The new 2020 Shelby GT500, at 760 horsepower, is the most powerful, street-legal Mustang Ford has ever produced. But last week, the automaker pulled the wraps off another version of the classic "pony car" that makes it look almost anemic by comparison.
Not surprisingly, Ford introduced the 900 horsepower Mustang Lithium at the SEMA Show in Las Vegas, the annual gathering hosted by the Specialty Equipment Market Association where performance has long been king. Everywhere you turned at the Las Vegas Convention Center last week, you would find hot rods, sports cars, drag strip racers and the parts and accessories to give them even more muscle.
But what took SEMA show-goers by surprise is the fact that that the Mustang Lithium — which Ford describes as a "one-off prototype" — doesn't have a classic V-8 engine under its hood but a twin-motor electric drive system. And it isn't alone. Chevrolet came to SEMA with a prototype called the E-10 powered by an "eCrate" electric drive system that may soon be added to its own performance parts catalog. SEMA itself set up an exhibit showcasing the potential for electric drive technology.
"The aftermarket industry is endlessly creative, and it's just beginning to wake up to the potential performance of electric vehicles," said Chris Kersting, president and CEO of SEMA, which represents companies that make or trade specialty parts and accessories used to customize cars and trucks.
SEMA members are expected to generate $44.7 billion in business in the U.S. alone this year, up from $42.92 billion in 2018. To put that into perspective, the movie industry generated a record $41.7 billion last year — worldwide.
The aftermarket organization's members are a diverse group, producing everything from in-car air fresheners to roof racks and trailer hitches. But performance is the heart of SEMA and one of the segment's biggest money makers.
Walk through the halls of the convention center and you'd catch whiffs of high-octane gasoline and plenty of talk about crate motors, turbo and superchargers and the other, traditional accoutrements of performance. Until recently, there was little discussion of electric drive technology, Kersting told CNBC, simply because there haven't been many electric vehicles on the market.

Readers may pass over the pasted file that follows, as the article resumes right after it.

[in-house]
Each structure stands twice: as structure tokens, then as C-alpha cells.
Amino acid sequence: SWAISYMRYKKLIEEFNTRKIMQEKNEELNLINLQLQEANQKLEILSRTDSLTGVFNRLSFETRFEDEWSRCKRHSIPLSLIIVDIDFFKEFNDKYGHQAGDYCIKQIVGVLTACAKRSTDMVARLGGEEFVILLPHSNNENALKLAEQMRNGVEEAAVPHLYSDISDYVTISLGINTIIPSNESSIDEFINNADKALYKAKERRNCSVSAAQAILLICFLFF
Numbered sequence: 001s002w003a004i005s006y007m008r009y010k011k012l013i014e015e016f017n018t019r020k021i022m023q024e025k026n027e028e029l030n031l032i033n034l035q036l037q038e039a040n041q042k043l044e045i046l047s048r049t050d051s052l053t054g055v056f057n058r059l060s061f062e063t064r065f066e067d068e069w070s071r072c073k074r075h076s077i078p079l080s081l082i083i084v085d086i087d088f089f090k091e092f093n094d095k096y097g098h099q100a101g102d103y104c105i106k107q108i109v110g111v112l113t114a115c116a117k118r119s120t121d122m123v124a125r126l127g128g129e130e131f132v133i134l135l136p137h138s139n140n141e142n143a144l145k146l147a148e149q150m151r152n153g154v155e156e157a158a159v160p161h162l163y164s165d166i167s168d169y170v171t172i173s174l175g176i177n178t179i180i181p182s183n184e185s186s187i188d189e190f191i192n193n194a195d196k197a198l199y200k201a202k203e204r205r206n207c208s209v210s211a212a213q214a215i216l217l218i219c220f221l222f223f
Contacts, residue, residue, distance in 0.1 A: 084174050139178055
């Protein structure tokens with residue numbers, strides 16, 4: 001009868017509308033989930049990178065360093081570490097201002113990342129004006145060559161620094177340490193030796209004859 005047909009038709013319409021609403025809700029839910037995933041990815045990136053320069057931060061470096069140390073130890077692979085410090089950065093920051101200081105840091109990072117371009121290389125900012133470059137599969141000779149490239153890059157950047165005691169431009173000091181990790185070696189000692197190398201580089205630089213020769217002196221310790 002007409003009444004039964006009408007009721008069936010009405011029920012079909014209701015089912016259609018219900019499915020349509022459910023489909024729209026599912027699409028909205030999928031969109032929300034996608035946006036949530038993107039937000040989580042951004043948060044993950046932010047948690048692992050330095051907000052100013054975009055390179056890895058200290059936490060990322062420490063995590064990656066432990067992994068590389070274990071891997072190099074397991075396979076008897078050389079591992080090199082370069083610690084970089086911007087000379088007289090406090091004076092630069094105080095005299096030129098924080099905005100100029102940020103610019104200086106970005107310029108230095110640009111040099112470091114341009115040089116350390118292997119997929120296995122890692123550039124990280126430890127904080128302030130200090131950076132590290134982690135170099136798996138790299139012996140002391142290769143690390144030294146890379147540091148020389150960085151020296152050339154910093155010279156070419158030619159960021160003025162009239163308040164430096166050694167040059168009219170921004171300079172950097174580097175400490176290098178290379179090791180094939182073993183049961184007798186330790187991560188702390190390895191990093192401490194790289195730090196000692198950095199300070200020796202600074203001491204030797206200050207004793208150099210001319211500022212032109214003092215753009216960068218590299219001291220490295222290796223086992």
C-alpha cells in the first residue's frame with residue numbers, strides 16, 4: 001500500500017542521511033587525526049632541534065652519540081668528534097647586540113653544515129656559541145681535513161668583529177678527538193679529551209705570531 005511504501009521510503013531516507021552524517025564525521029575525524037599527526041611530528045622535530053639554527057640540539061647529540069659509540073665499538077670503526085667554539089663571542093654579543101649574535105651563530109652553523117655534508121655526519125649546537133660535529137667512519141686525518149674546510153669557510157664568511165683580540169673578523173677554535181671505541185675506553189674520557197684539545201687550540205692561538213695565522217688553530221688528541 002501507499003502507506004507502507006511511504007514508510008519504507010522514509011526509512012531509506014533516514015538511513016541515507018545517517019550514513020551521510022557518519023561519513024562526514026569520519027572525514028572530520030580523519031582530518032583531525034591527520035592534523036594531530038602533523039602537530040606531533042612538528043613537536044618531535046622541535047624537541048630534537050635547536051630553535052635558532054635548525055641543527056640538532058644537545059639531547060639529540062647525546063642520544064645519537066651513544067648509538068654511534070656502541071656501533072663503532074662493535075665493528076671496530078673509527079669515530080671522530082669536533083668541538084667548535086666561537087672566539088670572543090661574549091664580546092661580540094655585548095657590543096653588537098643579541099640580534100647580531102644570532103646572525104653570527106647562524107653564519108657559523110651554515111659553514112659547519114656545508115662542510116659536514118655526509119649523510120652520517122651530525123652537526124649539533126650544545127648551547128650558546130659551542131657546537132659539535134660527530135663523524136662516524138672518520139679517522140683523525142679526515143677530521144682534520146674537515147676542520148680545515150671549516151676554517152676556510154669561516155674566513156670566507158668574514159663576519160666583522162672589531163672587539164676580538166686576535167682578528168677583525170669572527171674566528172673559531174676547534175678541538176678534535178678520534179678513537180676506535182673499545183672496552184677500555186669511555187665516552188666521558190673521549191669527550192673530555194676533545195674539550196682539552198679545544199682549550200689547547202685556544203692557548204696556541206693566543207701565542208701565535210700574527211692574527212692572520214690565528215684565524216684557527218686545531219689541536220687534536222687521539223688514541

Over the last several years, a small cadre of SEMA members have begun exploring the opportunities battery power offers. Hawthorne, CA-based Unplugged Performance now offers an extensive array of "mods" for various Tesla products, including brake and suspension upgrades, exterior parts and panels and, if you wish, a complete makeover of their interiors.
"It's the wild, wild West when it comes to electrification," CJ Whelan said in an interview. His Colorado start-up, CJ3 EV, will take your BMW 3-Series, Chevrolet Camaro, Porsche 911 — even a '37 Ford hot rod — pull out its gas engine and replace it with a completely new electric drive system.
"I was born with gasoline in my veins," jokes Whelan, who said he sold his software company last year to open CJ3 EV. "I decided to pursue my passion in automotive. I still love gas cars, but the technology in electric vehicles has come so far in the last 10 years I decided to try this," he said.
While Whelan is still getting his business off the ground, SEMA CEO Kersting said there is so much demand for what are called "restomods that most companies have five years of orders."
For now, businesses targeting electrified vehicles make up little more than an asterisk on the sales charts when it comes to SEMA overall. Kersting said many of the start-ups focusing on that niche aren't even reporting their income yet. But he said the segment will grow fast as more vehicles come to market — something that will justify more aftermarket companies to develop their own parts and accessories.
How fast that will happen is anyone's guess.
That said, it's relatively easy to bolt on a new turbocharger or swap out transmissions and rear axles on a conventional vehicle to increase power. It remains to be seen if SEMA's aftermarket wizards will be able to work the same magic with batteries, integrated circuits and electric motors.
But there's no question they're going to try. And automakers like Chevrolet are looking for ways to help. The E-10 Concept it showed off at SEMA started out as a 1962 C-10 pickup truck. Its gas engine has been replaced by an electric drive system originally meant for the relatively mundane Bolt EV. But the heavily modified system now makes about 450 horsepower, according to Chevy, and can launch the truck from 0 to 60 in a quick 5 seconds. More impressively, Chevrolet estimates it can shoot through the traps after a quarter-mile run down a drag strip "in the high 13-second range."
If there's interest, what the bowtie brand has dubbed the eCrate motor could soon be available to enthusiasts and restomod businesses like CJ3 EV.
As for Ford's Lithium concept vehicle, the automaker says it will serve as a "test bed," and several well-placed officials close to the Mustang product development team told CNBC the automaker is seriously considering a way to produce an all-electric version of the coupe that could take on the likes of the Porsche Taycan.
"Ford has made no secret of the fact that we are electrifying our most popular nameplates," Hau Thai-Tang, its chief product development and purchasing officer, said in a statement. "This one-off Mustang prototype is a great opportunity for us … to showcase to our customers what a new electrified powertrain can do for performance in a car they already know and love."
And that is all but certain to mean an even bigger presence at the SEMA Show in the years to come, Kersting said.